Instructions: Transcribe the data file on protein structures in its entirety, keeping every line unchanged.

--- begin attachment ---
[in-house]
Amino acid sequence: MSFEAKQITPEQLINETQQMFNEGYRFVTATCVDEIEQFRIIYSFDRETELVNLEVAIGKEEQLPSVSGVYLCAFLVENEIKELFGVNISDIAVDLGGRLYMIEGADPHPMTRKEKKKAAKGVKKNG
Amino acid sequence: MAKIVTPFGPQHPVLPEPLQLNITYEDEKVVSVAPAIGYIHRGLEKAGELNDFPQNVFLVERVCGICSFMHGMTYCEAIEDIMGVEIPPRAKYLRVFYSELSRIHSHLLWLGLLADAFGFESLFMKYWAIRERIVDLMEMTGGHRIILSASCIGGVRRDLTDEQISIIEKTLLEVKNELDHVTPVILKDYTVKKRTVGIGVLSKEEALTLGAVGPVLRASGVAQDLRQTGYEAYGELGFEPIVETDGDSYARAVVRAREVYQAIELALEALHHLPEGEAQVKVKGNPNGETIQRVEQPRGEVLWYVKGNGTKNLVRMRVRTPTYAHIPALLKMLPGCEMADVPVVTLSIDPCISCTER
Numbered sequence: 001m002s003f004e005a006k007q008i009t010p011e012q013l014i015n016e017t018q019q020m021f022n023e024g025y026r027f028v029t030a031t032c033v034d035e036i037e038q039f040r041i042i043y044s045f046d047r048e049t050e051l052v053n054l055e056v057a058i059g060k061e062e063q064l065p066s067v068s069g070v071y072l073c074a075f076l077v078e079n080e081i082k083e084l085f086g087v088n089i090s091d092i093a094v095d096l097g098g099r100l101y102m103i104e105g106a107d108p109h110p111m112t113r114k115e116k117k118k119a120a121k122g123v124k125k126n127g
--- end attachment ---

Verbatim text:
[in-house]
Amino acid sequence: MSFEAKQITPEQLINETQQMFNEGYRFVTATCVDEIEQFRIIYSFDRETELVNLEVAIGKEEQLPSVSGVYLCAFLVENEIKELFGVNISDIAVDLGGRLYMIEGADPHPMTRKEKKKAAKGVKKNG
Amino acid sequence: MAKIVTPFGPQHPVLPEPLQLNITYEDEKVVSVAPAIGYIHRGLEKAGELNDFPQNVFLVERVCGICSFMHGMTYCEAIEDIMGVEIPPRAKYLRVFYSELSRIHSHLLWLGLLADAFGFESLFMKYWAIRERIVDLMEMTGGHRIILSASCIGGVRRDLTDEQISIIEKTLLEVKNELDHVTPVILKDYTVKKRTVGIGVLSKEEALTLGAVGPVLRASGVAQDLRQTGYEAYGELGFEPIVETDGDSYARAVVRAREVYQAIELALEALHHLPEGEAQVKVKGNPNGETIQRVEQPRGEVLWYVKGNGTKNLVRMRVRTPTYAHIPALLKMLPGCEMADVPVVTLSIDPCISCTER
Numbered sequence: 001m002s003f004e005a006k007q008i009t010p011e012q013l014i015n016e017t018q019q020m021f022n023e024g025y026r027f028v029t030a031t032c033v034d035e036i037e038q039f040r041i042i043y044s045f046d047r048e049t050e051l052v053n054l055e056v057a058i059g060k061e062e063q064l065p066s067v068s069g070v071y072l073c074a075f076l077v078e079n080e081i082k083e084l085f086g087v088n089i090s091d092i093a094v095d096l097g098g099r100l101y102m103i104e105g106a107d108p109h110p111m112t113r114k115e116k117k118k119a120a121k122g123v124k125k126n127g